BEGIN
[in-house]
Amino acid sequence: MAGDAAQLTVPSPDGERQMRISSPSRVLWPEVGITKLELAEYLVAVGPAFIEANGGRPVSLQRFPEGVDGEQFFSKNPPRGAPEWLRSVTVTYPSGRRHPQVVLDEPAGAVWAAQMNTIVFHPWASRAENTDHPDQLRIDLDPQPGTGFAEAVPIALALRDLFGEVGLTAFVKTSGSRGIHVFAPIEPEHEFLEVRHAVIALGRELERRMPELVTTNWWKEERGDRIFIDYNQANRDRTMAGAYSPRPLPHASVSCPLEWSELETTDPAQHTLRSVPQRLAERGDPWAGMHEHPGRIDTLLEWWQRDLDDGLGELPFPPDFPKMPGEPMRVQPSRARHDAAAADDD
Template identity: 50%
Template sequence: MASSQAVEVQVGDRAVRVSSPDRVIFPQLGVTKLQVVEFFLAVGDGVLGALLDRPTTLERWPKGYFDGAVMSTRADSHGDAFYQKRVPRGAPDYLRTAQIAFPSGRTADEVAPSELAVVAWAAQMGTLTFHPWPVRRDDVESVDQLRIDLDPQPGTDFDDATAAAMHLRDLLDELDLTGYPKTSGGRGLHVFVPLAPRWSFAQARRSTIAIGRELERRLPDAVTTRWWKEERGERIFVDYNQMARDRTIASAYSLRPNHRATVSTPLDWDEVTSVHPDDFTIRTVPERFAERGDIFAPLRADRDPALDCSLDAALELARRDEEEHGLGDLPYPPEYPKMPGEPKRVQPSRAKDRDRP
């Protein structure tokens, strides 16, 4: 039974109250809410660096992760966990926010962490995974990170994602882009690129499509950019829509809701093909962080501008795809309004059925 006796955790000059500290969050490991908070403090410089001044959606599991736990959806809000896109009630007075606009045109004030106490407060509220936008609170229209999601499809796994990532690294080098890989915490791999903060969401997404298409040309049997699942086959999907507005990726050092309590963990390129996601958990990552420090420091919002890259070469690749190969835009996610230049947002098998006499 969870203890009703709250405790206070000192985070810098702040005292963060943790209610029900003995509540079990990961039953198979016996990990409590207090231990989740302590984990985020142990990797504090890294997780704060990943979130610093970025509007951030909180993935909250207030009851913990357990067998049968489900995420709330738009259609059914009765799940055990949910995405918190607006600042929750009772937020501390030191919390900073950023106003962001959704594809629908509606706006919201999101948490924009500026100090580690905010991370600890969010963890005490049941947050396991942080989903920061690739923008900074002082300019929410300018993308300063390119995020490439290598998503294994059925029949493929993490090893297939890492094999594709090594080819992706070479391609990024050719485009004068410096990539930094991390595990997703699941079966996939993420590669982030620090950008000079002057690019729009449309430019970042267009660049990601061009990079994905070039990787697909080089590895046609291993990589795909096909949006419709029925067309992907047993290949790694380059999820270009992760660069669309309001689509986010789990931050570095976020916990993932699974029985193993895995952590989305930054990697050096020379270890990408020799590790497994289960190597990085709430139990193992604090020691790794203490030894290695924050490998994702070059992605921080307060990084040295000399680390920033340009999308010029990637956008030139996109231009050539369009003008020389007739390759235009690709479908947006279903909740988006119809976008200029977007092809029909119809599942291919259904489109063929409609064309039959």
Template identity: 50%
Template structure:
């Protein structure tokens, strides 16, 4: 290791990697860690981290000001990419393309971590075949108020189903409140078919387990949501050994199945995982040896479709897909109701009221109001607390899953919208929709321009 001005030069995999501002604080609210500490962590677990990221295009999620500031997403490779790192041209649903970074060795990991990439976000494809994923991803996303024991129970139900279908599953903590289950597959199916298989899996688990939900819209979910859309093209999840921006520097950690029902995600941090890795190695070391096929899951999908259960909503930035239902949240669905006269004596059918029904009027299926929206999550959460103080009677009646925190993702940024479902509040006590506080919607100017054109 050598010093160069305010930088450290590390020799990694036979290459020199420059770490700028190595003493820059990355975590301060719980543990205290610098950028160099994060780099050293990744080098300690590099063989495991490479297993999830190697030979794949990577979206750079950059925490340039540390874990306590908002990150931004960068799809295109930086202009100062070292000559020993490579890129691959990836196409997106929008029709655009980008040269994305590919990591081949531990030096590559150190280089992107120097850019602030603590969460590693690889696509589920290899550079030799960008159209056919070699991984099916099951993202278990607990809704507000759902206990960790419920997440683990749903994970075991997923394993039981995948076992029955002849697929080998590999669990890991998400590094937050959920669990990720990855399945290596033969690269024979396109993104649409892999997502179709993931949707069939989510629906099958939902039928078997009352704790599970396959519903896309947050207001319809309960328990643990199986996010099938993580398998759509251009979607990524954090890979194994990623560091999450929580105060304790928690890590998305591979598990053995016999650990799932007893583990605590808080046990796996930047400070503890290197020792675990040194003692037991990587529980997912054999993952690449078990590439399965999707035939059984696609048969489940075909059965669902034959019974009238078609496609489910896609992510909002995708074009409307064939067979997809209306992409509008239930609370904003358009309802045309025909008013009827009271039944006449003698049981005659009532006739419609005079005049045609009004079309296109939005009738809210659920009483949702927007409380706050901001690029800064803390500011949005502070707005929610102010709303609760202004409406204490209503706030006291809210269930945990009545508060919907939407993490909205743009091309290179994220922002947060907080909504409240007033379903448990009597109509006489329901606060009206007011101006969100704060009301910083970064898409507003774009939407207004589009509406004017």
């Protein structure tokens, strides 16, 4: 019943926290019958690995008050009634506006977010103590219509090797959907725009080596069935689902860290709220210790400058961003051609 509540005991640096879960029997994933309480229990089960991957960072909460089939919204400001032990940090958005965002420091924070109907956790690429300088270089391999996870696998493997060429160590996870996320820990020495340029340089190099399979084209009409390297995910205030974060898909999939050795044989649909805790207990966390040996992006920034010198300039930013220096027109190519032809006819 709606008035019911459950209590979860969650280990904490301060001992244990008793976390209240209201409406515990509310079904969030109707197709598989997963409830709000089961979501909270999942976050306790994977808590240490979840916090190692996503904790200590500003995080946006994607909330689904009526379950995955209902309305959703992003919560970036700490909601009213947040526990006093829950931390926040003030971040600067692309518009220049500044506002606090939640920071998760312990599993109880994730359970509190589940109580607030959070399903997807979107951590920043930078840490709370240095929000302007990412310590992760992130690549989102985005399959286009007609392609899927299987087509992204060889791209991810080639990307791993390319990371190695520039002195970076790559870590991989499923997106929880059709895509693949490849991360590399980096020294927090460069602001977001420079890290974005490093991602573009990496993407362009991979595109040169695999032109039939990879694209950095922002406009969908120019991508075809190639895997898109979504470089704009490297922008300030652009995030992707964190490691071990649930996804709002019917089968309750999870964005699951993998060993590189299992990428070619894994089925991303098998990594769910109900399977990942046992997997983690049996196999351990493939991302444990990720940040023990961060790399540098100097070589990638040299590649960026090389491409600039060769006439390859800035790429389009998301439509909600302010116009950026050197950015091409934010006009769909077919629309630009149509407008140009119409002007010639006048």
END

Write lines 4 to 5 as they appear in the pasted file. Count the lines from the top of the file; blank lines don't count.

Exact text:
Template sequence: MASSQAVEVQVGDRAVRVSSPDRVIFPQLGVTKLQVVEFFLAVGDGVLGALLDRPTTLERWPKGYFDGAVMSTRADSHGDAFYQKRVPRGAPDYLRTAQIAFPSGRTADEVAPSELAVVAWAAQMGTLTFHPWPVRRDDVESVDQLRIDLDPQPGTDFDDATAAAMHLRDLLDELDLTGYPKTSGGRGLHVFVPLAPRWSFAQARRSTIAIGRELERRLPDAVTTRWWKEERGERIFVDYNQMARDRTIASAYSLRPNHRATVSTPLDWDEVTSVHPDDFTIRTVPERFAERGDIFAPLRADRDPALDCSLDAALELARRDEEEHGLGDLPYPPEYPKMPGEPKRVQPSRAKDRDRP
């Protein structure tokens, strides 16, 4: 039974109250809410660096992760966990926010962490995974990170994602882009690129499509950019829509809701093909962080501008795809309004059925 006796955790000059500290969050490991908070403090410089001044959606599991736990959806809000896109009630007075606009045109004030106490407060509220936008609170229209999601499809796994990532690294080098890989915490791999903060969401997404298409040309049997699942086959999907507005990726050092309590963990390129996601958990990552420090420091919002890259070469690749190969835009996610230049947002098998006499 969870203890009703709250405790206070000192985070810098702040005292963060943790209610029900003995509540079990990961039953198979016996990990409590207090231990989740302590984990985020142990990797504090890294997780704060990943979130610093970025509007951030909180993935909250207030009851913990357990067998049968489900995420709330738009259609059914009765799940055990949910995405918190607006600042929750009772937020501390030191919390900073950023106003962001959704594809629908509606706006919201999101948490924009500026100090580690905010991370600890969010963890005490049941947050396991942080989903920061690739923008900074002082300019929410300018993308300063390119995020490439290598998503294994059925029949493929993490090893297939890492094999594709090594080819992706070479391609990024050719485009004068410096990539930094991390595990997703699941079966996939993420590669982030620090950008000079002057690019729009449309430019970042267009660049990601061009990079994905070039990787697909080089590895046609291993990589795909096909949006419709029925067309992907047993290949790694380059999820270009992760660069669309309001689509986010789990931050570095976020916990993932699974029985193993895995952590989305930054990697050096020379270890990408020799590790497994289960190597990085709430139990193992604090020691790794203490030894290695924050490998994702070059992605921080307060990084040295000399680390920033340009999308010029990637956008030139996109231009050539369009003008020389007739390759235009690709479908947006279903909740988006119809976008200029977007092809029909119809599942291919259904489109063929409609064309039959």